A further 40 km along the main highway from Quito, just before the town of Los Bancos, is the Milpe road and a superb Mindo Cloudforest Foundation reserve. The road hosts good mixed flocks, and trails in the reserve allow access to the forest. A host of other tanagers call this area home, including Ochre-breasted, Rufous-throated, Lemon-rumped, and perhaps even the dazzling Glistening-green and smart Gray-and-gold; over twenty species of this spectacular family are possible here in a day. Chocó Toucans and Pale-mandibled Araçaris are often seen in the more open areas. The highlight of the forest is the Club-winged Manakin lek, where during most of the year the males display on perches close to the trail. Don’t forget to look close to the ground for Esmeraldas Antbird and the elusive Olive Finch, or in the trees for Chocó Trogon, Chocó Warbler, and superb mixed flocks. The feeders attract Green-crowned Brilliant, Green Thorntail, White-whiskered Hermit, and Green-crowned Woodnymph. If the sun gets too intense, you can cool off with some fresh fruit juice at the Restaurante Mirador Río Blanco in Los Bancos where up to a dozen species of tanager come to feed on the bananas put out for them.
Paz de las Aves (1 hour)
This small private reserve has become the latest birding sensation in the northwest and is sometimes affectionately referred to as “the antpitta farm”. Here Angel Paz, a local farmer, has gained the trust of some normally rare and shy forest species by offering them juicy worms. Yellow-breasted, Moustached, and Giant Antpittas are now regularly seen here (Yellow-breasted being the most reliable), and the local covey of Dark-backed Wood-Quail is seen on perhaps one out of three visits. Fruit feeders here can be mind-boggling with Toucan Barbet, Black-chinned Mountain-Tanager, Crimson-rumped Toucanet, and Sickle-winged Guan coming to within arms reach. Other forest birds regularly encountered are Golden-headed Quetzal, Olivacoues Piha, and Scaled Fruiteater. Crested Quetzal can occasionally be found at fruiting trees. There is also a lek where gaudy Andean Cocks-of-the-rock display at dawn, and Angel and his brothers have constructed a viewing blind. If you leave ridiculously early and arrive before first light, you can witness this spectacle at close range.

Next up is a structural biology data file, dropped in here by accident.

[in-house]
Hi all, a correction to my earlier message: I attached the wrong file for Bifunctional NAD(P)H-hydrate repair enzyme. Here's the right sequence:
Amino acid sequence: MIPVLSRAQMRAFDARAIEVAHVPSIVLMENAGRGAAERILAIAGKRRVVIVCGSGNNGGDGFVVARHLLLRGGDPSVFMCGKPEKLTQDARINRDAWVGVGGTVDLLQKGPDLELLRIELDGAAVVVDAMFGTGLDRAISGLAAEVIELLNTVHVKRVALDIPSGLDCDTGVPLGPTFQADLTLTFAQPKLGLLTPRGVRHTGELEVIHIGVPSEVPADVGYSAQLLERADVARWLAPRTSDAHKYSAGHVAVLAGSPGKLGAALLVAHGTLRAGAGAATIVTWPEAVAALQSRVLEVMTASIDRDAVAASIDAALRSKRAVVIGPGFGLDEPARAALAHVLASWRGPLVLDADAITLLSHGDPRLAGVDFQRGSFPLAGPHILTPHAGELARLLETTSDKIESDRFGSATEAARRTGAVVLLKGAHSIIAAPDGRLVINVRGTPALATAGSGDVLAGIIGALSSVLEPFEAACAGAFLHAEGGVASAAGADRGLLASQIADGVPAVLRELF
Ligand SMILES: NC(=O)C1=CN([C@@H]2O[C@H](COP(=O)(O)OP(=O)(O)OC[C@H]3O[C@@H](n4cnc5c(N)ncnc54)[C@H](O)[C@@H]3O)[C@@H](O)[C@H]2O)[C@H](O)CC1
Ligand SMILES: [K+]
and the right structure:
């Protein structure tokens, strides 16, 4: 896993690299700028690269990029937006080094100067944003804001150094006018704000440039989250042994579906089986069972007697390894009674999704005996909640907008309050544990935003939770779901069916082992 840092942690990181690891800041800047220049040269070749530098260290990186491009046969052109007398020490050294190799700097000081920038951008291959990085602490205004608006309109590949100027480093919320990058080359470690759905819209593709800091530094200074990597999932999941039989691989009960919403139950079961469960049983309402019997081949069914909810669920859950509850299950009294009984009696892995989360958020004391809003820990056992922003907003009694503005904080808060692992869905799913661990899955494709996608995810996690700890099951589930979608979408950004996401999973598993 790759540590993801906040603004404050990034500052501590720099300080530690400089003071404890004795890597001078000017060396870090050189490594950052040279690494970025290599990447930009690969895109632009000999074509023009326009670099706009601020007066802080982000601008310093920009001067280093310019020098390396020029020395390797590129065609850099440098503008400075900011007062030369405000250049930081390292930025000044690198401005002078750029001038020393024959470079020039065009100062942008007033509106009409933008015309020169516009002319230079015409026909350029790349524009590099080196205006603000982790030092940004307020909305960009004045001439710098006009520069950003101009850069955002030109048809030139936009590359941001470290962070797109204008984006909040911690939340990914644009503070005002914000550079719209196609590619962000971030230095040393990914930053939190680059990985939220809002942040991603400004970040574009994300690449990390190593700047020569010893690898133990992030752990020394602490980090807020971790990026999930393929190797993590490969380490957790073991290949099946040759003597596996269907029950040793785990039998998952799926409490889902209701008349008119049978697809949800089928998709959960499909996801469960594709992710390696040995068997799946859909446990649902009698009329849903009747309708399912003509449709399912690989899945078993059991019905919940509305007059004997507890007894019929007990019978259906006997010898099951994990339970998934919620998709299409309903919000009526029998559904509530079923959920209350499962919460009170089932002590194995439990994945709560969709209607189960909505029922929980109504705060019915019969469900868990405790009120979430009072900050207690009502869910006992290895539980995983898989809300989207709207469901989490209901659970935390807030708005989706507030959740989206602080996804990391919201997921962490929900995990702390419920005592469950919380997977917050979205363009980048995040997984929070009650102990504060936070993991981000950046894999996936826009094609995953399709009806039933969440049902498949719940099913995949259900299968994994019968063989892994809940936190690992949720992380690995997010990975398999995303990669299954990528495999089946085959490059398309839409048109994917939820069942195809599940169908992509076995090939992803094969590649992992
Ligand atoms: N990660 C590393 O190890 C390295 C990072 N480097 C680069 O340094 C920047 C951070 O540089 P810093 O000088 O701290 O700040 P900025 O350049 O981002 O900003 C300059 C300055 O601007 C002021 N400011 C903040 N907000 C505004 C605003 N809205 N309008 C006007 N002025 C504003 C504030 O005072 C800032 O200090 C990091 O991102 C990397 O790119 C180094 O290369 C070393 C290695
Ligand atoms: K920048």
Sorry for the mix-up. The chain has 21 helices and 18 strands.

Mashpi (1.5 hours)
The Mashpi area has very wet rainforest slightly lower than Tandayapa. Several rare Chocó endemics can be found here more easily than anywhere else in the region, including Black Solitaire, Orange-breasted Fruiteater, Indigo Flowerpiercer, Pacific Tuftedcheek, Uniform Treehunter, Moss-backed Tanager, Glistening-green Tanager, and Chocó Vireo.
Mangaloma Reserve (1.5 hours)
If you don’t mind some hardcore trail birding, this reserve offers some of the best forest in the region and the chance to see some neat birds difficult elsewhere in the region, including Indigo-crowned Quail-Dove, Long-wattled Umbrellabird, Tooth-billed Hummingbird, Plumbeous Hawk, and Golden-crowned Spadebill. Mangaloma offers your best chance to see Rufous-crowned Antpitta, and the near-mythical Banded Ground-Cuckoo has even been seen here on rare occasions.
Río Silanche/PVM (1.5+ hours)
This is real lowland Chocó rainforest, one of the most endangered habitats in Ecuador. Thanks to a generous donation, Mindo Cloudforest Foundation acquired a 70 ha. reserve in the best area. There is a superb trail system allowing easy access to the forest, and a canopy tower allowing for eye-level views of tanagers and mixed species flocks. The birding here on a good day is incredible. One or two big mixed flocks circulate in the area, and if you run into one of these you can expect to have one of your most memorable days of birding. Picking out the specialties can require some concentration as over 40 species may pass by, but the gems to look out for include Scarlet-breasted and Scarlet-thighed Dacnises, Emerald, Blue-whiskered, Rufous-winged, Golden-hooded, Gray-and-Gold, and Scarlet-browed Tanagers, Orange-fronted Barbet, and Griscom’s Antwren. Dusky Pigeon is regular, and after the mixed flock has passed you should look out for Pale-mandibled Araçari, Chocó and Chestnut-mandibled Toucans, Scarlet-rumped Cacique, Western Slaty-Antshrike, and White-tailed, Collared, and Chocó Trogons.